The forgotten killer

<preform>Malaria hits one in 12 of world population, </br>It kills one million people every year, </br> Treatment costs as little as &#163;10 per person, </br> Incidence in Asia twice previous estimates</preform>
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The Independent Online

More than half a billion people are suffering from malaria today, twice as many as scientists thought had been affected by one of the biggest killers in the developing world.

More than half a billion people are suffering from malaria today, twice as many as scientists thought had been affected by one of the biggest killers in the developing world.

The new figures are the result of detailed research that gives the most accurate assessment yet of the disease that kills at least a million people a year. Scientists now believe there are about 515 million cases of malaria out of 2.2 billion people who are at risk - about a third of the world's population.

The discovery throws the slow progress of the world's fight against malaria into sharp relief.

In countries such as Malawi, malaria claims more lives each year than Aids, but attracts a fraction of the attention. Coachloads of overseas visitors come to view the Aids projects run by Médicins Sans Frontières in the country, but few are interested in malaria.

Malaria has never captured the public imagination as Aids has done, even though children are its chief victims. Malaria is old and Aids is new. Most important, malaria is not a disease that affects the West - except for those fortunate enough to holiday in the tropics - whereas Aids threatens us all. The scale on which the parasite, transmitted by the mosquito, kills is breathtaking. A new malaria map of the world suggests that the incidence of malaria in Africa is some 50 per cent higher than previous estimates by the World Health Organisation and up to 200 per cent higher for areas outside Africa, such as in south-east Asia.

Professor Robert Snow, of the Wellcome Trust Research Laboratories in Nairobi, Kenya, who led the study, warned that the true figures for the spread of malaria across the globe may even be higher than these latest estimates.

"We have taken a conservative approach to estimating how many attacks occur globally each year but even so the problem is far bigger than we previously thought," he said.

"Getting numbers right is important. Not knowing the size of the problem limits our ability to articulate how much money we need to tackle the problem - not knowing where the problem is located means you can't spend wisely," he said.

For 40 years chloroquine was the standard treatment for malaria. Patients swallowed a couple of pills at the onset of the fever and within 48 hours they would be better. It was safe, effective and cheap.

But over recent decades, a drug-resistant strain of malaria, Plasmodium falciparum, has been growing in Africa and now accounts for well over 90 per cent of cases. Surveys in east Africa show that almost two-thirds of patients given chloroquine and nearly half of those on its successor, sulfadoxine-pyrimethamine, have died. The only effective therapies are those based on artemesinin, a drug derived from a weed that grows wild in Africa and the Far East.

Six years ago the WHO set a target to halve the number of deaths by 2010, but instead the toll has risen by at least a quarter, and in some areas by as much as 50 per cent, because victims have not had the right drugs. Hundreds of thousands of children have died needlessly and the disease has gone virtually unnoticed in the West. Malaria has been a scourge of humanity since antiquity and although it is largely preventable with the use of mosquito nets and insecticides it remains one of the biggest killers of children under five.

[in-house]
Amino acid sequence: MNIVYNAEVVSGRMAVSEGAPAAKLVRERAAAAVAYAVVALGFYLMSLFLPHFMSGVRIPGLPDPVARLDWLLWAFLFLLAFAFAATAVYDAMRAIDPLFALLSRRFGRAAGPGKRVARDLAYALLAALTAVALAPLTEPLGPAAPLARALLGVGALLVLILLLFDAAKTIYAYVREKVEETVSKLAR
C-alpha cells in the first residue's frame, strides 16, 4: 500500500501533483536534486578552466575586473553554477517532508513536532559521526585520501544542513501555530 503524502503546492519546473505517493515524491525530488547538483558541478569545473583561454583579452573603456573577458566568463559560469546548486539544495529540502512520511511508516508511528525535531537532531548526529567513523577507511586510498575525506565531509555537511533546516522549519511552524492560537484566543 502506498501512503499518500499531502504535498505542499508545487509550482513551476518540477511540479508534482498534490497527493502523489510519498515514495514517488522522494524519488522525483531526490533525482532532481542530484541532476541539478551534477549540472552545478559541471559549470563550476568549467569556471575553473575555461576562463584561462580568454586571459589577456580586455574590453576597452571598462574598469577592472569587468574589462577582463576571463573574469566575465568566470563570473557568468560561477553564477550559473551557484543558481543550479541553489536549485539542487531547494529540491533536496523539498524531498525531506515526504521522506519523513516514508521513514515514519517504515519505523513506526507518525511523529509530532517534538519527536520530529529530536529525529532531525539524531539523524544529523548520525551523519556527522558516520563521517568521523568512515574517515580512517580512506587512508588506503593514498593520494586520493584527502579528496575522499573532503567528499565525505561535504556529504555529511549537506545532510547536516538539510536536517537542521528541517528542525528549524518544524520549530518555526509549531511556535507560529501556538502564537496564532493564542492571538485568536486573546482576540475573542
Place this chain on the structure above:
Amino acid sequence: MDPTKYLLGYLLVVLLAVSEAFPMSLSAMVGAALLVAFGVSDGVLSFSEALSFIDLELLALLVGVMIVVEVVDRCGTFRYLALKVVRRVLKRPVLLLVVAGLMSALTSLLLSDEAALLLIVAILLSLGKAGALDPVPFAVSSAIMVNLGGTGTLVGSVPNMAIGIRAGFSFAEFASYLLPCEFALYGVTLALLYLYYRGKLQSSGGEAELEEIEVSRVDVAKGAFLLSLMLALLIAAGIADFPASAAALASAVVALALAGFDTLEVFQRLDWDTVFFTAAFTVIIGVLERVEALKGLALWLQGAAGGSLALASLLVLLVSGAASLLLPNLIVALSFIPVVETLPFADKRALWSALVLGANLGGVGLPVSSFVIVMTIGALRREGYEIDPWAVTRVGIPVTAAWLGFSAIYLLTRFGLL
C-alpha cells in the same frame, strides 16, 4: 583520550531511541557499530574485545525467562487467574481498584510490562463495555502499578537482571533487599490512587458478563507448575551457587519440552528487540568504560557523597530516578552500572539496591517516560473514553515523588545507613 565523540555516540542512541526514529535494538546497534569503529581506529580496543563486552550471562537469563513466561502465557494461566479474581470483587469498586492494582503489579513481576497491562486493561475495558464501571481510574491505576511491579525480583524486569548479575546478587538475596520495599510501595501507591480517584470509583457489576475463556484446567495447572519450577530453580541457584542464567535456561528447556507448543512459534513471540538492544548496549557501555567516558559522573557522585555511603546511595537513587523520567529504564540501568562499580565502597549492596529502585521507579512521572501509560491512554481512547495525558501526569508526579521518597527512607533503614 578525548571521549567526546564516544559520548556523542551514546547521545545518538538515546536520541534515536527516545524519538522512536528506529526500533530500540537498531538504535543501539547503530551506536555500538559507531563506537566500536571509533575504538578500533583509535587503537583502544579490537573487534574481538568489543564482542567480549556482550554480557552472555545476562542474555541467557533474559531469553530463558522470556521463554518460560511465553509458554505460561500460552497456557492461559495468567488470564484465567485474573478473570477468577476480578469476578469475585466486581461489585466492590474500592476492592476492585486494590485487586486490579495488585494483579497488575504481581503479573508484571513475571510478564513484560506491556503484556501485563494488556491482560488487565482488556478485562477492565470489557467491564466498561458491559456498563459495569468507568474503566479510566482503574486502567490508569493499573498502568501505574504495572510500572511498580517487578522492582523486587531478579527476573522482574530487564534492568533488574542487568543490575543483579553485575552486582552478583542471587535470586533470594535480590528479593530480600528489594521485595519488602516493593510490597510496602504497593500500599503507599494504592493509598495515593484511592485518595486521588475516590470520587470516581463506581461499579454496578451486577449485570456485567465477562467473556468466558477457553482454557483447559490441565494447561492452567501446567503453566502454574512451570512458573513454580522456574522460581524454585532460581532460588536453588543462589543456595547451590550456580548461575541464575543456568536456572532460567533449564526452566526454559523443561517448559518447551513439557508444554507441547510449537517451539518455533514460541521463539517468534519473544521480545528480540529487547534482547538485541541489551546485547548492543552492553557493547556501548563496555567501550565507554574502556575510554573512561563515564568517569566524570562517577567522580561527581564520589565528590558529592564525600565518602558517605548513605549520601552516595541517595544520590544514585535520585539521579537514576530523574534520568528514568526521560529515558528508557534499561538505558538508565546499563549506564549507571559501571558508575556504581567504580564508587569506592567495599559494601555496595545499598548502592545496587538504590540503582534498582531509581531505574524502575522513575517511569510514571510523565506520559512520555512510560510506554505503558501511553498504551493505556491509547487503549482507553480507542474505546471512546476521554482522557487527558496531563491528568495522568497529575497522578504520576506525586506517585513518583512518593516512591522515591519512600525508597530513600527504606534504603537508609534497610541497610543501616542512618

The disease, caused by a blood parasite transmitted in a mosquito bite, was eradicated from industrialised countries of the northern hemisphere about half a century ago but it still threatens some 40 per cent of the world - mostly in the poorest countries of Africa, South America and southern Asia.

More than 80 per cent of malaria deaths occur in sub-Saharan Africa and the WHO estimates that every day the disease kills 3,000 children. Those that survive often suffer brain disease or paralysis. Economists for the United Nations have identified malaria as one of the top four causes of poverty with many African governments spending up to 40 per cent of their total health budgets on the medical care or control of malaria.

In Africa alone the total economic burden of malaria is estimated at $12bn (£6.7bn) a year, according to the WHO.

The deadliest form of malaria is the single-cell parasite Plasmodium falciparum and the latest estimates of its spread suggest that there are more cases in south-east Asia than previously suggested.

"Our work has demonstrated that nearly 25 per cent of worldwide cases occur in south-east Asia and the western Pacific, whereas most people regard Plasmodium falciparum as a problem particular to Africa," Professor Snow said.

In 1998, the WHO produced estimates of the extent of malaria based on reports of cases compiled by individual countries and data on the intensity of transmission within a particular region. However, it is widely accepted that the two methods are flawed because many cases of malaria are not reported to the authorities and transmission rates can vary widely because of local factors such as the weather.

The new study uses a more proactive approach with a combination of epidemiological, geographical and demographic data. "We have taken a science-driven approach to working out who is at risk, where they are located and what their chances would be of developing an attack of malaria," Professor Snow said.

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